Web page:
Weak foods leave empty plates
The modern food industry likes consistency. Modern food and agricultural corporations operate on a huge scale, and that's where consistency matters. When it comes to the crops and animals that we eat, consistency means the variety gets the short straw — instead of growing multiple varieties of potatoes, for example, the industry relies on one or two primary strains. The few strains that are grown are susceptible to certain kinds of disease, and the results can be disastrous.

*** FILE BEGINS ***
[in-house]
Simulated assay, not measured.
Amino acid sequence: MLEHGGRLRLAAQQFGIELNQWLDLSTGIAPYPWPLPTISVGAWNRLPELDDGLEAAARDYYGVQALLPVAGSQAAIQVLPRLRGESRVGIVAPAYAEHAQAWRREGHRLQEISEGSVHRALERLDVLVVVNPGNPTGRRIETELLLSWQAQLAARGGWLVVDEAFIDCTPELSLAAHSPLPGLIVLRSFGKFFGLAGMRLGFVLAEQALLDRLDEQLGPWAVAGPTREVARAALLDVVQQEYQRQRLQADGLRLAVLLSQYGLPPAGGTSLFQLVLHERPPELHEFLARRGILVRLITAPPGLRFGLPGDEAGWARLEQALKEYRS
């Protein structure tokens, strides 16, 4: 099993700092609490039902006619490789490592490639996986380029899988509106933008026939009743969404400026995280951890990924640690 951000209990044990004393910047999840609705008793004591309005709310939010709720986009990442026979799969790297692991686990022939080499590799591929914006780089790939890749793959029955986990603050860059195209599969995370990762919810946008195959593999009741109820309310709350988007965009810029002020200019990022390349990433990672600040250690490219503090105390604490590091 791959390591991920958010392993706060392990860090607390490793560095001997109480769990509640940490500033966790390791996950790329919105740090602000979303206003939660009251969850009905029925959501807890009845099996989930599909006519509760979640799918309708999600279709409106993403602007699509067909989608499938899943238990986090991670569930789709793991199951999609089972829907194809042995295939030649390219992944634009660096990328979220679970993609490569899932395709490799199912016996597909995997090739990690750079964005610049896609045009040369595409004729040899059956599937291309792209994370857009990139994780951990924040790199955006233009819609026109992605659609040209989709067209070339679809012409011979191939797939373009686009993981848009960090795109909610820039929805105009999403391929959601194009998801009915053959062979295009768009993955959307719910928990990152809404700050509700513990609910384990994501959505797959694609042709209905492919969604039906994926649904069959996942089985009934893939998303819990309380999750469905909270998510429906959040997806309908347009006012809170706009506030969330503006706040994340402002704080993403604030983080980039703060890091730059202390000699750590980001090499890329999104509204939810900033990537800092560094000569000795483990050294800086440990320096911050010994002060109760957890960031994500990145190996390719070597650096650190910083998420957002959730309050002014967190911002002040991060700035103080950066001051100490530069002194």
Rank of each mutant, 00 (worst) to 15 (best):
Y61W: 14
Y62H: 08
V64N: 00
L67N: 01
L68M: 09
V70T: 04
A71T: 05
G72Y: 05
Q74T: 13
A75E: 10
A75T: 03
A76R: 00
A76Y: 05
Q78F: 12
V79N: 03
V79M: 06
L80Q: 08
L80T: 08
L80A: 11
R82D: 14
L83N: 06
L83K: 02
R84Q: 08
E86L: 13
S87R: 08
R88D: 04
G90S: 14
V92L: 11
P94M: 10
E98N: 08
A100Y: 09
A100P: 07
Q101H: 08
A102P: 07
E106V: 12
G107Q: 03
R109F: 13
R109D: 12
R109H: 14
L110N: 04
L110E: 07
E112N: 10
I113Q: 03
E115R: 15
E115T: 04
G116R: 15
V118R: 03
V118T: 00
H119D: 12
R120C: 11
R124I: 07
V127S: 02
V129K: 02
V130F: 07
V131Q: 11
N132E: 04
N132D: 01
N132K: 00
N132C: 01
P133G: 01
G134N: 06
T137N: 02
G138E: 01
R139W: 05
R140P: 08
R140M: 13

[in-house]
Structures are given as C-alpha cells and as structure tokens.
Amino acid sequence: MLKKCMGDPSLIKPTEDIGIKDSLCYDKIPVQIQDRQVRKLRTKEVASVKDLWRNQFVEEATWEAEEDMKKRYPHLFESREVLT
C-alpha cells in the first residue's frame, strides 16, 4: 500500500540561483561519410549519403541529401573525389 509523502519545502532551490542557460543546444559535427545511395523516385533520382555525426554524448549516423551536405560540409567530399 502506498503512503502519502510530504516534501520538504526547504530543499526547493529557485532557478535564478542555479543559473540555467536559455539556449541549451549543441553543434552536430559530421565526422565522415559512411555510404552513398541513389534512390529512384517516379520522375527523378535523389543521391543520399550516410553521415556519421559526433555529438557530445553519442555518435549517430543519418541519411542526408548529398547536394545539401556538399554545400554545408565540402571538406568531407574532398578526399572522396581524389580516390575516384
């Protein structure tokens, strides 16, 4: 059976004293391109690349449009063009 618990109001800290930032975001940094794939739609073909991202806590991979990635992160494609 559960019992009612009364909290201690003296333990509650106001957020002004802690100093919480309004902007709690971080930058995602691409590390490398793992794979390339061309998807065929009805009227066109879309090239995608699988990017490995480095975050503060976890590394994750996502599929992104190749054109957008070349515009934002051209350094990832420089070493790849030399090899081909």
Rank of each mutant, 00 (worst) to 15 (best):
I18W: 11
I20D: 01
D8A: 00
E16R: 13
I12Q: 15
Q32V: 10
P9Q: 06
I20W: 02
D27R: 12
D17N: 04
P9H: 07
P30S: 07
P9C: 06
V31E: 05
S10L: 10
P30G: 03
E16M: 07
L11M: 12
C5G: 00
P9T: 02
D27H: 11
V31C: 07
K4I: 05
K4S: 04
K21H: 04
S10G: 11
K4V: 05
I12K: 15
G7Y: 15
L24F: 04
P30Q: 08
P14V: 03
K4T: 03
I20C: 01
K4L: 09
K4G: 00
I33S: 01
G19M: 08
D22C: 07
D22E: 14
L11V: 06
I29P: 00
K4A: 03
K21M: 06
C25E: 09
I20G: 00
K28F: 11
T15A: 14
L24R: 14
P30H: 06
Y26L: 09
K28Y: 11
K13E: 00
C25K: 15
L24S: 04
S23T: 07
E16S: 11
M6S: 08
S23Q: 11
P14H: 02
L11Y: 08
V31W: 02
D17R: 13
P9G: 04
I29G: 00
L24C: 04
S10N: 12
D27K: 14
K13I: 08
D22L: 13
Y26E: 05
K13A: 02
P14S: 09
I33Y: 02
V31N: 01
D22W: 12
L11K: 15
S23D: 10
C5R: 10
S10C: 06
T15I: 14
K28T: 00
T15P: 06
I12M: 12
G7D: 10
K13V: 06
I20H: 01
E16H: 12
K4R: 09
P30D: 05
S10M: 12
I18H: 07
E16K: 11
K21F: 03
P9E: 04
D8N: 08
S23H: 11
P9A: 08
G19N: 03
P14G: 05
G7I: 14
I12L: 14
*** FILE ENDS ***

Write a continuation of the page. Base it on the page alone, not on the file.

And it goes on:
The Irish Potato Famine was caused by a disease called potato blight that swept through Ireland's farms, hitting the single strain of potatoes grown by most farmers. Up until the 1960s, the most popular banana in the world ate was the Gros Michel. It was all but wiped out by a fungal disease when we were forced to switch to the Cavendish.
It could happen again with a lot of different foods, and we don't need to lose a crop or animal for it to be lost to an outbreak. The Gros Michel didn't completely disappear, but it was wiped out enough for it to no longer be a commercially viable food. Here are six foods that we could conceivably lose in a disease outbreak. (Text: Shea Gunther)